Frank photos and helpful drawings make the results vivid, but historic images documenting the rise of Chalmers & Borton’s massive annex at Topeka, Kan.–an exercise that took just seven days in 1955–are the coup de grace.

Thanks to Ms. Laird’s splendid work, it’s easier now to understand what our own grandfathers accomplished, and how they did it. From heaps of lumber and steel on flat ground by the tracks, they ascended skyward, leaving behind functional, impermeable buildings that are also enduring monuments to enterprise and bounty.

— Ronald Ahrens

Tillotson Construction’s classic elevator makes a good neighbor in Clifton, Kansas

Story and photos by Kristen Cart

The north-central Kansas town of Clifton is dominated at each end by a massive elevator. At one end of the main drag is a huge metal-sided wood elevator rising prominently above the street, and at the other is a gleaming white concrete elevator with its annex. The two elevators, defining the town skyline, are the center of the town’s agricultural business. Clifton’s concrete elevator was very busy during a visit there in October.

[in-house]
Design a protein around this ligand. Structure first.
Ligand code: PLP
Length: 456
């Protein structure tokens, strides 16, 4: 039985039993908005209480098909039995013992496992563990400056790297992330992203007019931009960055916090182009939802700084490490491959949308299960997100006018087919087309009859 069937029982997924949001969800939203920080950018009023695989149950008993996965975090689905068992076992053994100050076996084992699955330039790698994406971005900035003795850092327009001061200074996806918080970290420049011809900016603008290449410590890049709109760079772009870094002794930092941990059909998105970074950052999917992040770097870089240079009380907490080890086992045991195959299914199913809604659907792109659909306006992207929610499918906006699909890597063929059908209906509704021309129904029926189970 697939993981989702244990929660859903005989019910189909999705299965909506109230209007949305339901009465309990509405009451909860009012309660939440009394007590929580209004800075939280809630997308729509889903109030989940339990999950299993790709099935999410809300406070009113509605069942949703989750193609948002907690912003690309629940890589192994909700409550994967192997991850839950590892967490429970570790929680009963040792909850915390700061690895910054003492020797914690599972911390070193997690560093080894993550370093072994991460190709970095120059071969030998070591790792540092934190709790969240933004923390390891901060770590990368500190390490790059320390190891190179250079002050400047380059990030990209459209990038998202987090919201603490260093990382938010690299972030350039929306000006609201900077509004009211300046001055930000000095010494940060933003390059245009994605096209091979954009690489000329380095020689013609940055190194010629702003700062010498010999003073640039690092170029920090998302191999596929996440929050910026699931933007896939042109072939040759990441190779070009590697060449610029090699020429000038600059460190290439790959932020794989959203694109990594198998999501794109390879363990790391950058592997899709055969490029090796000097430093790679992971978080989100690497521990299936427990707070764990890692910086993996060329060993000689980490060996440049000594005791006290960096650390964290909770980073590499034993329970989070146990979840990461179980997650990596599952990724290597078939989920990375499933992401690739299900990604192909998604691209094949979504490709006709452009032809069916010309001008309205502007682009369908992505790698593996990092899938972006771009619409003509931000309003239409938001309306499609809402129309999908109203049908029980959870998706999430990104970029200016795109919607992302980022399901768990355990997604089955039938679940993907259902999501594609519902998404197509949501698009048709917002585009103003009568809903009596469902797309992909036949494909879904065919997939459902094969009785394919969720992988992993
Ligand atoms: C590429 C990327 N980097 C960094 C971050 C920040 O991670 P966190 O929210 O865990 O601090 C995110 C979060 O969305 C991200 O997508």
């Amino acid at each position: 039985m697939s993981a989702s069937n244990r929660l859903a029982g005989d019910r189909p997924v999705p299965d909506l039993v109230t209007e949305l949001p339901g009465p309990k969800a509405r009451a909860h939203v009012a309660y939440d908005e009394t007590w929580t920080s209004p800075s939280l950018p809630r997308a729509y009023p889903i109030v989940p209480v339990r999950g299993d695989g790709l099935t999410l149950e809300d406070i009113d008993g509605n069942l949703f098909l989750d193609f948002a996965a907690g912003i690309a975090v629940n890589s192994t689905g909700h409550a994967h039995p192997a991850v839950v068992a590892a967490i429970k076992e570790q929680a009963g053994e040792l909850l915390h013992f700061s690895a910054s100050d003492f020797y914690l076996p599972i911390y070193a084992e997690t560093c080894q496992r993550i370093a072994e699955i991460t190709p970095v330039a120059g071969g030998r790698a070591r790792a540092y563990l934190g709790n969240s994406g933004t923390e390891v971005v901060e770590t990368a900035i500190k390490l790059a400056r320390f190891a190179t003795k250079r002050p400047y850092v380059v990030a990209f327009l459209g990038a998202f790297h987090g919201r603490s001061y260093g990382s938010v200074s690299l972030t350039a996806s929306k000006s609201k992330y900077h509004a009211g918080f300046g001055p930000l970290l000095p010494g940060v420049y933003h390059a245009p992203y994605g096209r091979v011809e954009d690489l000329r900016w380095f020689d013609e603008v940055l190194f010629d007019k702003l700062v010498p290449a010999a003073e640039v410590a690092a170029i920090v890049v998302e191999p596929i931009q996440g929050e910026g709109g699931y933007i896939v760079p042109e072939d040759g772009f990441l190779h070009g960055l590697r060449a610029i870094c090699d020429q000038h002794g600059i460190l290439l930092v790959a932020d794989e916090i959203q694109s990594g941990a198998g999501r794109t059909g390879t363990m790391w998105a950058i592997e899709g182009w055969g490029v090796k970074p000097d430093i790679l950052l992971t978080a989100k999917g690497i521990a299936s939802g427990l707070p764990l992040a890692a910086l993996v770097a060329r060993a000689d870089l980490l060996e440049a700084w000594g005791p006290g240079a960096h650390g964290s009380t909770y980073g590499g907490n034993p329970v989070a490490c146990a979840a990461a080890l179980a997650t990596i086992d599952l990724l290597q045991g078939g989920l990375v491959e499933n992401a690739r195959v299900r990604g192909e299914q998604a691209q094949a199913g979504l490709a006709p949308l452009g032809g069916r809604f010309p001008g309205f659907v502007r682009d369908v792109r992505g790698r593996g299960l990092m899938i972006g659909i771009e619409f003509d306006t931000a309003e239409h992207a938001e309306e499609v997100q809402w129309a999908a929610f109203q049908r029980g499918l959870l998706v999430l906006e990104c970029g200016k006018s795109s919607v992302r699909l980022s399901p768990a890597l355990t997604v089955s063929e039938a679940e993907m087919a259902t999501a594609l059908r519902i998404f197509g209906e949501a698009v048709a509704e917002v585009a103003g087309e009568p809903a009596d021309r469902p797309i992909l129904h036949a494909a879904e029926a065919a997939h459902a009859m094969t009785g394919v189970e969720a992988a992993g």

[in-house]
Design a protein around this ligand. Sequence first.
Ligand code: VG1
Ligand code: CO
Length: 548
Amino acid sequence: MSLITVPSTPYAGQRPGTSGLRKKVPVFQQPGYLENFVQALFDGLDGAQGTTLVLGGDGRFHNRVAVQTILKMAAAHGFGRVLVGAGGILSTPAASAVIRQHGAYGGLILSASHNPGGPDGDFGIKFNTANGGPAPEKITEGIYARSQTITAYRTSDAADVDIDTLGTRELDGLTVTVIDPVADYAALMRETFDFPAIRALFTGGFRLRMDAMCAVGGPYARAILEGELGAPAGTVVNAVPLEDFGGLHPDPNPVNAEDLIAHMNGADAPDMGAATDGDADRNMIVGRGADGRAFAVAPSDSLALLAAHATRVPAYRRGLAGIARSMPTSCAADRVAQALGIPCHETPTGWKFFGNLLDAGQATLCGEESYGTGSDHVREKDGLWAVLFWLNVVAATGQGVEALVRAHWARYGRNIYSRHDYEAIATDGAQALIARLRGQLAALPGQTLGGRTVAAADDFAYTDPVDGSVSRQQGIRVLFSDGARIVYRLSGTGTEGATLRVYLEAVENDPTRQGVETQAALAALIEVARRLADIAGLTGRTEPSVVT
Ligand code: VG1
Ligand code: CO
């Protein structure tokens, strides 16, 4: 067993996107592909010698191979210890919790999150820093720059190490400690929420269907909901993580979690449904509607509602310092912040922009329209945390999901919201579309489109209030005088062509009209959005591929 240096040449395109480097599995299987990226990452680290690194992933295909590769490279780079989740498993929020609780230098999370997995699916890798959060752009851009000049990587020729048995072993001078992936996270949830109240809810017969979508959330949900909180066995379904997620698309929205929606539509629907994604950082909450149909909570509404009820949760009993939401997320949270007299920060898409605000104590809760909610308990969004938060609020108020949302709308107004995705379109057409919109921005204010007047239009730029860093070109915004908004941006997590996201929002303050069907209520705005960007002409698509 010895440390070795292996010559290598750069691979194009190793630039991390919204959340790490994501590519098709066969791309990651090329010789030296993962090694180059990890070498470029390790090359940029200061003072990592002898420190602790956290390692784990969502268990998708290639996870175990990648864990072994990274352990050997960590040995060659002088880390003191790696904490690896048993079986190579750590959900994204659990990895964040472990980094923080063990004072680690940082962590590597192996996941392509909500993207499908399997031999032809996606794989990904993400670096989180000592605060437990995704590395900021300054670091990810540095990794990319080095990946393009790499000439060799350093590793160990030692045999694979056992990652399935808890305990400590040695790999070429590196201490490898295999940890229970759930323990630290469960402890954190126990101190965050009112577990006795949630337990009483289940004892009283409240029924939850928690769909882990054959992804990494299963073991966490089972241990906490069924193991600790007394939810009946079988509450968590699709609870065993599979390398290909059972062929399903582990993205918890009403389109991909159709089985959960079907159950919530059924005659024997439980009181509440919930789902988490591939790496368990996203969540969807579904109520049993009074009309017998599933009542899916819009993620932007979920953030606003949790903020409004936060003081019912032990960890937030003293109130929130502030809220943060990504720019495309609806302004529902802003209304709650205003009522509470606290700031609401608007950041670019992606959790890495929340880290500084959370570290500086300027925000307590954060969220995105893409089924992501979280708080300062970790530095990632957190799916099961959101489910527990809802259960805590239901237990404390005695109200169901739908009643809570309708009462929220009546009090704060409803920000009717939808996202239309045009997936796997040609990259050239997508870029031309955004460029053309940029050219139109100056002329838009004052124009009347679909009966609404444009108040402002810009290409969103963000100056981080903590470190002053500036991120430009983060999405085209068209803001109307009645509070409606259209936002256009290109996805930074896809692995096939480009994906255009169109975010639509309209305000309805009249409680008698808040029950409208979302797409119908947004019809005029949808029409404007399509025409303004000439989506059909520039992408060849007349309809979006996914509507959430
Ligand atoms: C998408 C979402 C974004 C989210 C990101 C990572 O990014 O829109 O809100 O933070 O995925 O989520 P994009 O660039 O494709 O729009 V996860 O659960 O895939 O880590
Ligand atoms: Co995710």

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The Clifton elevator, built by Tillotson Construction Company, of Omaha, Neb., defines the town skyline.

The characteristic rounded headhouse epitomized the classic Tillotson Construction Company style. After sixty-odd years of continuous use, the durable elevator was still going full steam ahead during the harvest. Several trucks pulled through the driveway while I watched, and it looked like more were waiting.

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Its neighboring landmark, the wooden elevator, was deserted and may have been retired, but anyone entering the town would be immediately impressed by its size. The two elevators together represented a continuum of agricultural cooperation and success, beginning in the first half of the twentieth century and still going strong in the twenty-first.